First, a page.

Approximate Bayesian Computation (ABC)
is a simulation based method for Bayesian inference. It is commonly used in
evolutionary biology to estimate parameters of demographic models.
Coala makes it easy to conduct the simulations for an ABC analysis and works
well together with the `abc`

package for doing the estimation.
To demonstrate the principle, we will estimate the parameter of an
over-simplified toy model.

Let's assume that we have 50 genetic loci from 10 individuals from a panmictic
population. We will use the site frequency spectrum of the data as a set of
summary statistics to estimate the scaled mutation rate, `theta`

. Let's assume
we get the following frequency spectrum from the data:

sfs <- c(112, 57, 24, 34, 16, 29, 8, 10, 15)

We can now use coala to set the model up:

library(coala) model <- coal_model(10, 50) + feat_mutation(par_prior("theta", runif(1, 1, 5))) + sumstat_sfs()

Note that we used `par_prior`

to set a uniform prior between 1 and 5 for
`theta`

.

We can now easily simulate the model:

sim_data <- simulate(model, nsim = 2000, seed = 17)

For this toy model, we ran just 2000 simulations (to keep the time for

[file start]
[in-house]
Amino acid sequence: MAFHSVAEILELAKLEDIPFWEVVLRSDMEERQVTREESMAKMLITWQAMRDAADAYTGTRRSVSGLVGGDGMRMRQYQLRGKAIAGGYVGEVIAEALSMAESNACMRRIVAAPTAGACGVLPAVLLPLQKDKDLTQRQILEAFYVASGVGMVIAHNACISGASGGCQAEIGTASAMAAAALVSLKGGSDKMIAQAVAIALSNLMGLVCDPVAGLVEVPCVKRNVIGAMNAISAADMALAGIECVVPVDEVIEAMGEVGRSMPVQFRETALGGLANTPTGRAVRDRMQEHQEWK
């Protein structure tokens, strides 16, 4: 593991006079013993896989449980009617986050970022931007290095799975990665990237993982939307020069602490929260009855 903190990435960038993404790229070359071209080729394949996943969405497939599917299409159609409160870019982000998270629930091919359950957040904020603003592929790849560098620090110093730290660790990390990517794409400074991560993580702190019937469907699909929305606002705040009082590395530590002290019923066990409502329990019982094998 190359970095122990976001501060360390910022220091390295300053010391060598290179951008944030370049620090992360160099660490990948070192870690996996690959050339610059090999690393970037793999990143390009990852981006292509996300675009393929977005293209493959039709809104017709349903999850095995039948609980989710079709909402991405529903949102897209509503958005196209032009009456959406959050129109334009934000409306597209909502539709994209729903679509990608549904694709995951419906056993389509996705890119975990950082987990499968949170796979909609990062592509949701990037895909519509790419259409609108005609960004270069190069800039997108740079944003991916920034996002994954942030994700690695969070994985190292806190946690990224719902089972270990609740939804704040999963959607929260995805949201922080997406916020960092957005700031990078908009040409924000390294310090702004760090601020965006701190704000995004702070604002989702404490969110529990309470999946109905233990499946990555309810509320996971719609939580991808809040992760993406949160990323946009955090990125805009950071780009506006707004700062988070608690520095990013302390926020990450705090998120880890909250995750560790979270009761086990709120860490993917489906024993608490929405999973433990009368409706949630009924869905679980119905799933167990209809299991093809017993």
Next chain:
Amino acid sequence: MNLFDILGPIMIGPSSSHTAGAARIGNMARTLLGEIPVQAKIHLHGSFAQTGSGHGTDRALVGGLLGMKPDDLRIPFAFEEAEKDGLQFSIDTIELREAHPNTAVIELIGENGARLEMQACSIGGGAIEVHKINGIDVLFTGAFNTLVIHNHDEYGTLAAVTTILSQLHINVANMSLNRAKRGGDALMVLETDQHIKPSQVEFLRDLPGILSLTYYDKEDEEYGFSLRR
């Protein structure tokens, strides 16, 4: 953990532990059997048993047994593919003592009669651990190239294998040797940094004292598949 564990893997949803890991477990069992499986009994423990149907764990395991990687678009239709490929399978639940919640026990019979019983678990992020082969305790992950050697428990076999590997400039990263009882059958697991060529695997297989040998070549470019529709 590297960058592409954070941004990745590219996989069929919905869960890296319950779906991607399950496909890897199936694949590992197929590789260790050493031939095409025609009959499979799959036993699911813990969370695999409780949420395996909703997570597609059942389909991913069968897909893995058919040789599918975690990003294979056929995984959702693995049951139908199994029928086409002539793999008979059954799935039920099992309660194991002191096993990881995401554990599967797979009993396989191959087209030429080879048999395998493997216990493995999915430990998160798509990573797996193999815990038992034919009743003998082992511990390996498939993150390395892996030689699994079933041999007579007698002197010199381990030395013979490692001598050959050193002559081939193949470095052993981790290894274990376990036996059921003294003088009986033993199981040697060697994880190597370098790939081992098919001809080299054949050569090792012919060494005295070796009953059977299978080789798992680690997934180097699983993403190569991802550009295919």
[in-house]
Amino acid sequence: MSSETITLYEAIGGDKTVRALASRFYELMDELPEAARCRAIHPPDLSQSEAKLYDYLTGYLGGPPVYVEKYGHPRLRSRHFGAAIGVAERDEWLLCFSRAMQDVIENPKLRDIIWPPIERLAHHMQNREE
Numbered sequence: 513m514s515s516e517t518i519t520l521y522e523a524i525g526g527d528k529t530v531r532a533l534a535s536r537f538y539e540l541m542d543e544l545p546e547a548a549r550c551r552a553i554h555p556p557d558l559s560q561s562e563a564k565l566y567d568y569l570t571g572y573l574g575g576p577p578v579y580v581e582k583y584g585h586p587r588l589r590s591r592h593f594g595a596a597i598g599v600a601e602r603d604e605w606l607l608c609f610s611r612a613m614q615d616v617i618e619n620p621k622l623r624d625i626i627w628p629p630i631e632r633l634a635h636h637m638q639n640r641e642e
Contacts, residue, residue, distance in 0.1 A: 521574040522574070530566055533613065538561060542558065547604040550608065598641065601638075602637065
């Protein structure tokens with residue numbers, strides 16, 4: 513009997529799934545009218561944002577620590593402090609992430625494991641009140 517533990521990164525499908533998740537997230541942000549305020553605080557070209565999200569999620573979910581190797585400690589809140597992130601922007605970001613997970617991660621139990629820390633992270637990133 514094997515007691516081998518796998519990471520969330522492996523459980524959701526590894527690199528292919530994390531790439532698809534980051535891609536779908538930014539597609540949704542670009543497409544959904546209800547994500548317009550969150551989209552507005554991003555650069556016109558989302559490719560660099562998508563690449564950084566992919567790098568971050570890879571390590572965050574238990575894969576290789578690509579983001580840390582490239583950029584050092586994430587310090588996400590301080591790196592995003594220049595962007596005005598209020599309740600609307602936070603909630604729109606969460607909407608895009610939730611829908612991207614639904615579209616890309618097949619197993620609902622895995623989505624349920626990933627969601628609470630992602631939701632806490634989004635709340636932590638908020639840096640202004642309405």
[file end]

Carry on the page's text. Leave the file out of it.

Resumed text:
building this document within a reasonable range). A real analysis will need
many more, but you can reduce the simulation time by parallelizing them
with the `cores`

argument.

We need to prepare the simulation data for the `abc`

package. We can use
the `create_abc_param`

and `create_abc_sumstat`

functions for this purpose:

# Getting the parameters sim_param <- create_abc_param(sim_data, model) head(sim_param, n = 3) # Getting the summary statistics sim_sumstat <- create_abc_sumstat(sim_data, model) head(sim_sumstat, n = 3)

Now, we can estimate the posterior distribution of `theta`

:

suppressPackageStartupMessages(library(abc)) posterior <- abc(sfs, sim_param, sim_sumstat, 0.05, method = "rejection") hist(posterior, breaks = 20)

Due to the low number of simulations, this posterior should only be treated as a rough approximation. We have prepared a version using a million simulations instead. Generating it took significantly longer (about two hours on a modern laptop), but we get a smoother estimate of the posterior distribution:

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